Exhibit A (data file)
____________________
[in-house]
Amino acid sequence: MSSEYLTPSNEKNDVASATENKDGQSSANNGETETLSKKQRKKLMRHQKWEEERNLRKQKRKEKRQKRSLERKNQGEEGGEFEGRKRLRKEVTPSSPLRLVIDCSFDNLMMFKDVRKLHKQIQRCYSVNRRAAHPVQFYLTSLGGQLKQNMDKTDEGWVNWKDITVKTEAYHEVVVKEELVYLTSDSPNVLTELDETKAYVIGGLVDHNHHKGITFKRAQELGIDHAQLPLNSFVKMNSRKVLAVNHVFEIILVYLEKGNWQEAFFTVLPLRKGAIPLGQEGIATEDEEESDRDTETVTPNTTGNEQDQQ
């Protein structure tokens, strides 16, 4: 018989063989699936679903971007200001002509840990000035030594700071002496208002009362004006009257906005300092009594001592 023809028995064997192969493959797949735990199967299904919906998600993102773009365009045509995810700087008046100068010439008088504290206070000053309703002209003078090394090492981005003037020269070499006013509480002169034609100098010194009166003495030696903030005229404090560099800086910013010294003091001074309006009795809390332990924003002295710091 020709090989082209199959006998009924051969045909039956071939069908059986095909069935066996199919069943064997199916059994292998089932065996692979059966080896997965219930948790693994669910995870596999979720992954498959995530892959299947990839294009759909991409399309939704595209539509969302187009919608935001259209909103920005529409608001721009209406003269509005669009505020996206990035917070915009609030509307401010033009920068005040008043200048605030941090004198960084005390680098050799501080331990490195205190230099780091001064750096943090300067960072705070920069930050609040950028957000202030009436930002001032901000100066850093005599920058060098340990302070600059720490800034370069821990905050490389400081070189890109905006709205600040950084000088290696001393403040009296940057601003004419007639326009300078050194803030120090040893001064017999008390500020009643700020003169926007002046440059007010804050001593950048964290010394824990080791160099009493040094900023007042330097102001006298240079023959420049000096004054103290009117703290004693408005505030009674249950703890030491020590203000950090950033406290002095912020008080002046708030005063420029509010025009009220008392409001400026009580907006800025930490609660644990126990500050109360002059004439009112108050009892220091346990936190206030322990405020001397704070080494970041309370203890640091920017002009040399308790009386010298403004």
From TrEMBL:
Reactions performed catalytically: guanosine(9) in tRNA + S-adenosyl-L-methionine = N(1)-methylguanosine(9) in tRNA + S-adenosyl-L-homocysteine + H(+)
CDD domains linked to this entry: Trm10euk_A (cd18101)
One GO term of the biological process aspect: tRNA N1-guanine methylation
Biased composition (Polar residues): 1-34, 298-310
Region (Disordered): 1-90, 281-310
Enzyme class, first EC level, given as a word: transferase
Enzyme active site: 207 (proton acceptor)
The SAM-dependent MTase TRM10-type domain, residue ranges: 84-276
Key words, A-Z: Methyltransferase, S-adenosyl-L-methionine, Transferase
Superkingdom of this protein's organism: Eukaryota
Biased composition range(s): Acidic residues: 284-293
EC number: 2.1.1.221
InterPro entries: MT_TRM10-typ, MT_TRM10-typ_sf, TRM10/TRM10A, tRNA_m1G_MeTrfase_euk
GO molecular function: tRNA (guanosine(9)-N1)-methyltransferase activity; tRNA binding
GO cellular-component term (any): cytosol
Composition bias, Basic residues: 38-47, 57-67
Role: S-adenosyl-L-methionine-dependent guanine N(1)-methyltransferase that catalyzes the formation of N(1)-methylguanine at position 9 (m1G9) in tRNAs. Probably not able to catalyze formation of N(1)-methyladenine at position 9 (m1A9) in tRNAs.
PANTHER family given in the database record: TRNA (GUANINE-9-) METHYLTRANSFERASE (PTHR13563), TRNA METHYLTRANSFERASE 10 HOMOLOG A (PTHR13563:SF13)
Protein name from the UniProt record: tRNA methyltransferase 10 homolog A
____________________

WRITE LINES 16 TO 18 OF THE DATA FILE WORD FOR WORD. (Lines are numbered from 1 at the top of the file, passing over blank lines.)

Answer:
EC number: 2.1.1.221
InterPro entries: MT_TRM10-typ, MT_TRM10-typ_sf, TRM10/TRM10A, tRNA_m1G_MeTrfase_euk
GO molecular function: tRNA (guanosine(9)-N1)-methyltransferase activity; tRNA binding